AVENGERS WEEK: The Avengers (Ben’s movie review)


No movie lives up to the hype. But some come close. The Avengers comes very, very close.

It already has many difficulties to overcome: an ensemble cast; a couple years of build up and fan expectation; the enormous shadow of Iron Man and Robert Downey Jr. over the other characters and actors; a mix of genres (superhero monster, superhero god, wartime superhero, sci-fi superhero, and spy superheroes); and a story that can utilize everyone while still making sense and being satisfying.

Joss Whedon is the real hero here. He makes it all work. This isn’t a movie about five heroes doing their thing, and each of them getting a chance to shine. It’s a movie about five heroes learning to work together.

In my previous reviews this week, I had some hope for the characters as their stories moved forward in The Avengers, and I was surprised how much those character arcs actually were pushed forward, and considering the screen time that was shared, how well it worked.

This is not a perfect movie. The storyline, building on all those scenes from previous movies (like Loki’s lack of belonging in Thor, the tesseract in Captain America, and the “Avengers initiative” throughout the whole thing) works, mostly. There are some clunky places, that are either not explained well or contrived to move the story forward. Some of the questions of how something works, or why a character can do one thing to get out of one situation but can’t or won’t do the same thing to get out of a similar situation, go unanswered. But, again, considering how much story and how many characters are on screen here, plot holes and plot contrivances are to be expected; and given how much fun it is to see these actors become these character and do these things, the plot holes and plot contrivances are easy to forgive.

I was happy that The Avengers is not just Iron Man 3. I was pleasantly surprised that this is the best Hulk movie yet. I was glad to see that Captain America retained his sincere WWII era attitude and character. I was intrigued by Black Widow and Hawkeye’s backstory, and pleased that they did not expand on it too much. I was satisfied with Loki as a worthy adversary, especially when propped up by the macguffin.

I was confused by the Hulk at a couple plot points — he had a secret, and the reveal was pretty cool, but I have no idea what it means. The music felt pretty bland — not Star Trek The Next Generation bland, but it just felt like the same background music we’ve heard in every Marvel movie since Iron Man. And I do wish Captain America had been given more of a character arc — as in his movie, Captain America overcomes outside problems, not really any inside problems.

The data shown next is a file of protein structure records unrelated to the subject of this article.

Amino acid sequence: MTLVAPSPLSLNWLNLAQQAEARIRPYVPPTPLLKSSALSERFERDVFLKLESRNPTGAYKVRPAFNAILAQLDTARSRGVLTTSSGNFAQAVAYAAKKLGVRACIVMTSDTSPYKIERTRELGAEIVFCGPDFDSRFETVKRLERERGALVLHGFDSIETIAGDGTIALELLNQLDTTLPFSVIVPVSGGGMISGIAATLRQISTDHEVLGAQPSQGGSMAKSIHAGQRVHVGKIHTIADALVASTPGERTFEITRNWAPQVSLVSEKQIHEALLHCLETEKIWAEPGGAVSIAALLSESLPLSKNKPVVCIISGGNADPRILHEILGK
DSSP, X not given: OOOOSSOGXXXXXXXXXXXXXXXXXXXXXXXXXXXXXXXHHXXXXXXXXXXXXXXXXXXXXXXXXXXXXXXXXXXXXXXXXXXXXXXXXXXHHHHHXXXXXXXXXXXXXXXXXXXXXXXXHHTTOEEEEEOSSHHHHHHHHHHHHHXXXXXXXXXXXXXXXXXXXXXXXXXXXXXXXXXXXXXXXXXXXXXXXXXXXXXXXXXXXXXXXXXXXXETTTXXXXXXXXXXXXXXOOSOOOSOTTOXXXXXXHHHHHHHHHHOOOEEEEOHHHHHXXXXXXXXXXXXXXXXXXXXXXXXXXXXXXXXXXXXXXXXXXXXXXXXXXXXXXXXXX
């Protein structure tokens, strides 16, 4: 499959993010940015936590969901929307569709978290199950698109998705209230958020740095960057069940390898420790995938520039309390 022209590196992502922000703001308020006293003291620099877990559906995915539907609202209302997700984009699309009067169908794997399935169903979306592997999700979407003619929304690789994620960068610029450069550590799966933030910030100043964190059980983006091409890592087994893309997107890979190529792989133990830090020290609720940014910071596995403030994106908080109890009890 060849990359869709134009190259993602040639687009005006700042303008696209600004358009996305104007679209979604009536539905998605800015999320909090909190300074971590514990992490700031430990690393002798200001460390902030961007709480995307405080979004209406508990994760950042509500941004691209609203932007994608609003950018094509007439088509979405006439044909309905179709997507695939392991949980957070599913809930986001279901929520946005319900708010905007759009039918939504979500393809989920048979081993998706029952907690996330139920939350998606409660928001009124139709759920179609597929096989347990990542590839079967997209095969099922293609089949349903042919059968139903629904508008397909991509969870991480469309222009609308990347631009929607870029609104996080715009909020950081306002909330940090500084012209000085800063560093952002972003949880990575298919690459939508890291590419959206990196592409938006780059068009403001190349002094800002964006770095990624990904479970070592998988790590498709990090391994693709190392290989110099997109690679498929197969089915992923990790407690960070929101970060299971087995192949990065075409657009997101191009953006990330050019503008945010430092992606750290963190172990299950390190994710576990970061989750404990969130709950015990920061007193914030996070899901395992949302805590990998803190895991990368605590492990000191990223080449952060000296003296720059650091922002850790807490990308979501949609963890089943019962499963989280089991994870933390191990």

There are some interesting themes being batted around, but nothing really gets a real chance to breath. Loki’s rationalization for taking over the earth — that mankind’s desire for freedom is false and that man desires to be told what to do — has some interesting ramifications, but doesn’t go anywhere because there’s just no room. But it feeds into the movie’s strengths — letting the characters carry the two plus hours.

Overall, yes, it was very, very good. And I highly recommend it.

I did have one serious problem with it, which I will discuss below in a spoiler zone.

~ Ben

Links to the previous Avengers movie reviews:



(In the following paragraphs, I am going to vaguely discuss something spoiler-y. I do not reveal what it is, but do reveal that it exists, so ski it if you don’t want to know. And please, make sure if you mention it below in the comments, that you give warning.)


(That’s good enough warning, right?)


I did not like that Whedon Washed a character. And then spent time having Nick Fury speak with Whedon’s voice, as if to say, “Well, this is why it had to be done.” Both felt untrue to the story, I think mainly because of the way it went down. I am all for letting a character go if the story and the character demand it. But to suggest that having that one character get Washed is the thing the other needed to motivate them rings false. No. New York is going to be leveled. That should be enough. This is Steve’s home. Tony’s new home. Thor’s home away from home. And an invasion force is descending on it. There’s your motivation, and if you need more, put people we, the audience, care about in their path.

I love you, Joss Whedon, not with the adoration of a Buffy or Angel fan, but with the admiration of a Firefly fan, and even moreso now, after you pulled off The Avengers. But this felt like storytelling by numbers, and is the weakest part of the movie.

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